Robyn d’Avignon, New York University
“Spirited Geobodies: Producing Subterranean Property in Nineteenth-Century Bambuk, West Africa,” Technology and Culture 61:2 Supplement (2020), S20-S48
The Abbot Payson Usher Prize committee congratulates Robyn d’Avignon as the winner of the 2021 competition, with the essay “Spirited Geobodies: Producing Subterranean Property in Nineteenth-Century Bambuk, West Africa.”
This essay is beautifully written and illuminates a set of techniques and technologies for locating gold and making land claims. Given the existing scholarly attention to the development of cartography and its ties to European imperialism, d’Avignon suggest we must also understand how pre-colonial African societies understood and represented minerals. She shows how gold miners cultivated relationships with jinne to create durable claims. The essay explores the interplay of religion with mining, and weaves together the history and archeology of West Africa with the global turn in science and technology studies.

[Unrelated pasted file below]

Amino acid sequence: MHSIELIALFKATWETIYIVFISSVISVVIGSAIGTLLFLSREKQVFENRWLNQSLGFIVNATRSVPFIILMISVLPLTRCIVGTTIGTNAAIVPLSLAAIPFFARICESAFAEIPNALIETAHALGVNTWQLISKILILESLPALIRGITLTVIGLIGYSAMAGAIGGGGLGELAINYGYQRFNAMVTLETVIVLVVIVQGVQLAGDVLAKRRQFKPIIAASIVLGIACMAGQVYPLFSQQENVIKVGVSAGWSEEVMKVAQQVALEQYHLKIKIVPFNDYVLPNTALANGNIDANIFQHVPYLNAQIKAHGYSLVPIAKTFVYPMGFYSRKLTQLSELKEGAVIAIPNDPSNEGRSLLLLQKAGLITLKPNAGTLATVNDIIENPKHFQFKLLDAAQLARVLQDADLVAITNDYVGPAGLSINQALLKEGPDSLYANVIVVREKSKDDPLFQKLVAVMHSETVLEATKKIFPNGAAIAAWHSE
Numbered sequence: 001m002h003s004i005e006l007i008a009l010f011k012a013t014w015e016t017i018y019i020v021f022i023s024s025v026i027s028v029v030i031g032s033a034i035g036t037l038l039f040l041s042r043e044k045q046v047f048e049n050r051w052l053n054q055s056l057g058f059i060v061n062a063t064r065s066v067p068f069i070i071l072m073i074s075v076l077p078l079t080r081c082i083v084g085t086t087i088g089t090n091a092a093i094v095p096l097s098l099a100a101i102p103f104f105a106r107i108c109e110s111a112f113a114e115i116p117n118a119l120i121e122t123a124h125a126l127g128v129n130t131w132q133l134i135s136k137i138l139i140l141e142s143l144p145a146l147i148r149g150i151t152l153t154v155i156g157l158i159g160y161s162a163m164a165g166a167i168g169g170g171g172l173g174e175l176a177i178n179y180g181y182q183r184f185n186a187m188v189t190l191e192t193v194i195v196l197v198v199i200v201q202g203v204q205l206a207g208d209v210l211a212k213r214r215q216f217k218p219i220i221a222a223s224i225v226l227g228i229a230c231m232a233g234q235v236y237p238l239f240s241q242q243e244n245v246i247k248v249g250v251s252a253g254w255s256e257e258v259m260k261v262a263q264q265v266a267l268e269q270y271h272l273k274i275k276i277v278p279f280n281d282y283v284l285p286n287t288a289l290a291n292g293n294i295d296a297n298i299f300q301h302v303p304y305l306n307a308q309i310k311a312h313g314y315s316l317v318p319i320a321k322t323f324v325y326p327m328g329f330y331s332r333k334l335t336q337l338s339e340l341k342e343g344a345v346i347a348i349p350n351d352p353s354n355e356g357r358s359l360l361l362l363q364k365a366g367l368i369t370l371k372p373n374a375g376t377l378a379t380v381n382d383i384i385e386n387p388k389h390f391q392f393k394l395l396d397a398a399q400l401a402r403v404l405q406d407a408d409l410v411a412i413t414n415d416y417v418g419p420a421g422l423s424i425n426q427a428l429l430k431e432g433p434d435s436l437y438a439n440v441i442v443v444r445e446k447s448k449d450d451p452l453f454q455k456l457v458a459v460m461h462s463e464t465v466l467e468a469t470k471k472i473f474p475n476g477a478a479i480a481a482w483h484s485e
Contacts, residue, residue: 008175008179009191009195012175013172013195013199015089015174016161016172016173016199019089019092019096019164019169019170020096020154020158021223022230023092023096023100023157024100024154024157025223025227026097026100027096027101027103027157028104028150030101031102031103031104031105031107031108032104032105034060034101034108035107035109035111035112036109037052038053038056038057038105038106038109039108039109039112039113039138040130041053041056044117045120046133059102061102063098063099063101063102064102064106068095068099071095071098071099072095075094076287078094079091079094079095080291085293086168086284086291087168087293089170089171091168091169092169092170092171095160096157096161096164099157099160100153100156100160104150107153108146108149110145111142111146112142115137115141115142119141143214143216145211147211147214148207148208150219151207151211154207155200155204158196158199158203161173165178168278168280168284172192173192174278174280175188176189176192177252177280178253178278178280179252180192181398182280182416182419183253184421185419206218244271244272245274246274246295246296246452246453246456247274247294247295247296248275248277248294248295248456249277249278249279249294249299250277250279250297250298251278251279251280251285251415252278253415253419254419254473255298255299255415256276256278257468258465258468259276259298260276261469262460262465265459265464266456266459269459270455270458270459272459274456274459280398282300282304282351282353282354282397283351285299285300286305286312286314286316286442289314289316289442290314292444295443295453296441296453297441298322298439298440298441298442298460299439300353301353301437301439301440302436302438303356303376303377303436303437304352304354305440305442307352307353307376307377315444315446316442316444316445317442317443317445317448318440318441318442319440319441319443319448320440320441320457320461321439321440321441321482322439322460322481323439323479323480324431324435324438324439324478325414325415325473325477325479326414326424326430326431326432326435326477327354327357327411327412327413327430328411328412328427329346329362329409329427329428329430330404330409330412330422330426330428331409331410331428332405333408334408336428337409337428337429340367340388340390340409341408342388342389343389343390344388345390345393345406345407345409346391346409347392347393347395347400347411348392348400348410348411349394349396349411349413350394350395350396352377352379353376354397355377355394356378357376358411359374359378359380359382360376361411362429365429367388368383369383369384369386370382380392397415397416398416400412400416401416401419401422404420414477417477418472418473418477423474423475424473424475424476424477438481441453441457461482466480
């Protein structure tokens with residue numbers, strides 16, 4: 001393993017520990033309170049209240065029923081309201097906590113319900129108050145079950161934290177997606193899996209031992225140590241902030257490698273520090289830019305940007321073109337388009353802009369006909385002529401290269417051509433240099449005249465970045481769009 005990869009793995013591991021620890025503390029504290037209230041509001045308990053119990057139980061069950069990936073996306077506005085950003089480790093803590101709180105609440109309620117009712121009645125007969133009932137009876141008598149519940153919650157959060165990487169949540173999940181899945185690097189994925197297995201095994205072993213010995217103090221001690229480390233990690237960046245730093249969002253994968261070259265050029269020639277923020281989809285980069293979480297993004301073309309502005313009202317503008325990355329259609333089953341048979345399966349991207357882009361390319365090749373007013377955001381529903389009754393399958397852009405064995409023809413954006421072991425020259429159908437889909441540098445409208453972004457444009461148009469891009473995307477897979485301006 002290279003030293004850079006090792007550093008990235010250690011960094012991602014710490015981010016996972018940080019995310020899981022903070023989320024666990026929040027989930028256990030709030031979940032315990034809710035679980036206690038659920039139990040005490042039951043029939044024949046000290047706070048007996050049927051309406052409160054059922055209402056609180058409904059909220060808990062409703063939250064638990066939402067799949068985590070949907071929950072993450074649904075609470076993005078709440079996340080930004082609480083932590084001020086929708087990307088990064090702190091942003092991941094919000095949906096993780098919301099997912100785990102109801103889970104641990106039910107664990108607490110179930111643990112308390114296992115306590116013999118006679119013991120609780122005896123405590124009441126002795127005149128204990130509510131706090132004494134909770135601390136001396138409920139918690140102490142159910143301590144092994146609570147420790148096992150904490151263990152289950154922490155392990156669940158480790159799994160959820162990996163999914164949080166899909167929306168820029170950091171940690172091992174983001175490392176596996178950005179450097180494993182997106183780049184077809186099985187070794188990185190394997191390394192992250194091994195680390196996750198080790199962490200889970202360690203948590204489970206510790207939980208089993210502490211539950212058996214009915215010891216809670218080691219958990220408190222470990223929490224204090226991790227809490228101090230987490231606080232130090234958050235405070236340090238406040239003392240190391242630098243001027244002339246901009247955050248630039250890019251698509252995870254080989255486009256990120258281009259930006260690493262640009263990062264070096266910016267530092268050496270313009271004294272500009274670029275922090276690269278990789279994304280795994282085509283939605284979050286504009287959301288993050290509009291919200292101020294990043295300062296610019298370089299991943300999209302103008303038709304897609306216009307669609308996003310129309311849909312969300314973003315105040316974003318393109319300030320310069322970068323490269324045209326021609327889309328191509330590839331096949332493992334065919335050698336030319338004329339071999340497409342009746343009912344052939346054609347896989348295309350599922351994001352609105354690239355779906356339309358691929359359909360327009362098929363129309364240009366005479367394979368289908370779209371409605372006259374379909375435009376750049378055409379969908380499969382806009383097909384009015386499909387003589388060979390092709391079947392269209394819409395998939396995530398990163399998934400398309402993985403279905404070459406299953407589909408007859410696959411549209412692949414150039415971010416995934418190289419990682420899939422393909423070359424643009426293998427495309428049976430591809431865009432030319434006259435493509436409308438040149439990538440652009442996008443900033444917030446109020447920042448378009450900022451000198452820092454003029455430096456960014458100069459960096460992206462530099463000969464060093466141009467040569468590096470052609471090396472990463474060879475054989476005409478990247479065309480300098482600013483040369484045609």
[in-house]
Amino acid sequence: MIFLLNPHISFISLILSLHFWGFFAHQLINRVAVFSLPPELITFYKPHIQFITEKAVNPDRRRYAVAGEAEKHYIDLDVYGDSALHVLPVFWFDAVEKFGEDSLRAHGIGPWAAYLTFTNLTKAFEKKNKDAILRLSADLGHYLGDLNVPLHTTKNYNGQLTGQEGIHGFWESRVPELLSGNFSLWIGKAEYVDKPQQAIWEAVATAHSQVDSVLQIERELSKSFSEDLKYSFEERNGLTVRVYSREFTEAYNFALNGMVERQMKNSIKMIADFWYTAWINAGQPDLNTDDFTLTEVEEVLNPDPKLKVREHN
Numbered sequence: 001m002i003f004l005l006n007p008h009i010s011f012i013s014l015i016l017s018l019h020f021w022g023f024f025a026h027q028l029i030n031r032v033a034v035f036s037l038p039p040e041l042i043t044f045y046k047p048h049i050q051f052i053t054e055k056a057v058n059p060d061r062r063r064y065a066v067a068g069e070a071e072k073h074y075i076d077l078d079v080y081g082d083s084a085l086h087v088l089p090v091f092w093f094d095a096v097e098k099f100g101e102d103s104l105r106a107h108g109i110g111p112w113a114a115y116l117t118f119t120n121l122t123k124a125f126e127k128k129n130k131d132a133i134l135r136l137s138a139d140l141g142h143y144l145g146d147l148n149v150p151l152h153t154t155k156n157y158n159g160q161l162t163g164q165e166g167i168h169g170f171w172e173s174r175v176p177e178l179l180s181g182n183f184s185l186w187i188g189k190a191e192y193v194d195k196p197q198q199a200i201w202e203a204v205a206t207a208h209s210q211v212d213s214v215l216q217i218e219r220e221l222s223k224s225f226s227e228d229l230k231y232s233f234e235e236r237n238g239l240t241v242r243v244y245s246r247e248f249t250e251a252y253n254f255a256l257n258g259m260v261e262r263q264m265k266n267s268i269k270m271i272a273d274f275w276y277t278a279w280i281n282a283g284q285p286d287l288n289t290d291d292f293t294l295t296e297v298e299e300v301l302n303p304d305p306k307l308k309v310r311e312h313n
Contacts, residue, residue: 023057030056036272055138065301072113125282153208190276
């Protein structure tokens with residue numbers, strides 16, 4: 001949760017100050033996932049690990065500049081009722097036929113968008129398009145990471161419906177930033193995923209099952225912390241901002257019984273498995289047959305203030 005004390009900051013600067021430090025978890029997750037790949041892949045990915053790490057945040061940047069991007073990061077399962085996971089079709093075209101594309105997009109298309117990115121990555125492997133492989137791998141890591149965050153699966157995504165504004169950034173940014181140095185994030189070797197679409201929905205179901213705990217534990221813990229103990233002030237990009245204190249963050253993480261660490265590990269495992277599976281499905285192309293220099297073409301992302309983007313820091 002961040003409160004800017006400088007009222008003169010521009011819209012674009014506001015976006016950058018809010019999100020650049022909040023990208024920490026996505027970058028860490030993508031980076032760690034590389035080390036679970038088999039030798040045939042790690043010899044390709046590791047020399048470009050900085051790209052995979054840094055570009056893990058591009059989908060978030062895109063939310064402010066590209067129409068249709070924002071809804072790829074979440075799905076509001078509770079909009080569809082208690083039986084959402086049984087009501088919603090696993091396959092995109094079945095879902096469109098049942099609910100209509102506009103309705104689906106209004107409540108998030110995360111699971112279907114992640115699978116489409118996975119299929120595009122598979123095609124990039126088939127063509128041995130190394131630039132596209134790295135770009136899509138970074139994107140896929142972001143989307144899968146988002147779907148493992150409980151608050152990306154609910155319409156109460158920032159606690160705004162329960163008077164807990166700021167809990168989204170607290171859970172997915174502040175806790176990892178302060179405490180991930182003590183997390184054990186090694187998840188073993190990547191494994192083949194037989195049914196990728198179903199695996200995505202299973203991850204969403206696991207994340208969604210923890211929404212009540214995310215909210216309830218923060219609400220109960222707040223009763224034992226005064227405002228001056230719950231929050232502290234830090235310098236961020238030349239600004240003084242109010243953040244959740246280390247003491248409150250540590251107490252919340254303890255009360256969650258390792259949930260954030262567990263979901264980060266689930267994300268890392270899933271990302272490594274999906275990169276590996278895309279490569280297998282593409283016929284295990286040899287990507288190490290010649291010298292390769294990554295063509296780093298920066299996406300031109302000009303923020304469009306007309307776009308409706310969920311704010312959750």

The essay simultaneously intervenes in several bodies of historical literature, positioning history of technology to engage closely with scholarship on ritual, religion, and secularism. Robyn d’Avignon’s methodological dexterity allows the essay to bring together documentary evidence and oral history in a way that makes clear how sophisticated ethnography can enrich our histories of technology.